Springsteen & I & The Airborne Toxic Event: On Being a Fan

Posted: August 8, 2013 in A Little Less Profound
Tags: , , ,
Glen with Daren Taylor of The Airborne Toxic Event

Two days on the road had started to show their wear and tear on me, I’m afraid.

“I’ve been friends with Bruce since 1985; he just doesn’t know it.”

Fandom is a weird and wonderful thing. At its best, it’s inspiring and exhilarating. At its worst, it can be downright creepy.

I recently attended a screening of Springsteen & I, a film by fans, for fans; a film that puts both ends of the fandom spectrum on vivid display.

Whether or not you’re a fan of the Boss (I happen to be a big one; not Airborne-big, mind you, but still big), it’s mandatory viewing for anyone who’s a rabid fan of anything. Because more than a movie about Bruce, this is a movie about fans: a celebration of the fan experience, an attempt to find meaning in the madness, and a cautionary tale pleading with us not to push it too far.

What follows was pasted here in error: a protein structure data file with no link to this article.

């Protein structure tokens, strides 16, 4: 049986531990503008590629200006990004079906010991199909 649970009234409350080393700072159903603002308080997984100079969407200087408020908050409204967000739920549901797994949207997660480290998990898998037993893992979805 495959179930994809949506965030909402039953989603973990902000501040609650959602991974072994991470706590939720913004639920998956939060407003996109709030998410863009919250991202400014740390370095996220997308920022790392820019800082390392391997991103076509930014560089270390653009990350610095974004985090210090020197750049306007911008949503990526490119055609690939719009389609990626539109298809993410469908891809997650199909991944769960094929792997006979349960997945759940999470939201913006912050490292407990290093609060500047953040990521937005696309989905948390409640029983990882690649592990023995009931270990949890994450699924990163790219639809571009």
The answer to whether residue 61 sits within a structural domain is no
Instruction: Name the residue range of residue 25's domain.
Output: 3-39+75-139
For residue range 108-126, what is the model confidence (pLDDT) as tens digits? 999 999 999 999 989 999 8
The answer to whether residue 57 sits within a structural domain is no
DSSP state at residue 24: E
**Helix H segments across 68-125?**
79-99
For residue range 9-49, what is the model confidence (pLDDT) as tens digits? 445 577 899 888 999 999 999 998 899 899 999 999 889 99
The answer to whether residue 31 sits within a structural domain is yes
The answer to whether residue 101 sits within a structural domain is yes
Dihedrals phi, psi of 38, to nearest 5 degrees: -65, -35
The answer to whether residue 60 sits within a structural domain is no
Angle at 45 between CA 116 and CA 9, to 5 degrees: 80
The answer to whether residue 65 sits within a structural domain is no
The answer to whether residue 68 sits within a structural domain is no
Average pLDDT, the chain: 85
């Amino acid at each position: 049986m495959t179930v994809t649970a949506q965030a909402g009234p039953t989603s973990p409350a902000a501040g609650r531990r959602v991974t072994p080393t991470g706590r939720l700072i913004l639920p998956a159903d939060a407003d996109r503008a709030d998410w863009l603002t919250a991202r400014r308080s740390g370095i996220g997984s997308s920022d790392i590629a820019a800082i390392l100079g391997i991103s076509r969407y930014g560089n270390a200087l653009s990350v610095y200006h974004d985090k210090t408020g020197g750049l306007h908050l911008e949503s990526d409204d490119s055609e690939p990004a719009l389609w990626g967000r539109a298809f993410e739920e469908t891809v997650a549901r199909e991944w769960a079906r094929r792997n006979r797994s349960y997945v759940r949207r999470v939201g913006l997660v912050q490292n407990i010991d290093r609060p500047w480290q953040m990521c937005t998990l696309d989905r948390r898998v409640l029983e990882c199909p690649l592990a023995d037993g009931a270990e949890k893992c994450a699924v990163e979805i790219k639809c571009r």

As I listened to person after person share their story of how Bruce and his music have touched their life, I couldn’t help but relate everything I heard to my experiences with The Airborne Toxic Event, and my connections with others in the fan community.

There was the girl who, after several false starts due to extreme nervousness, finally managed to read the truly touching letter she’d written to Springsteen, grasping for words to adequately and eloquently articulate the impact he’s had on her – calling to mind a similar letter that I once penned, hoping against hope that it would somehow make its way in front of the eyes for whom it was intended.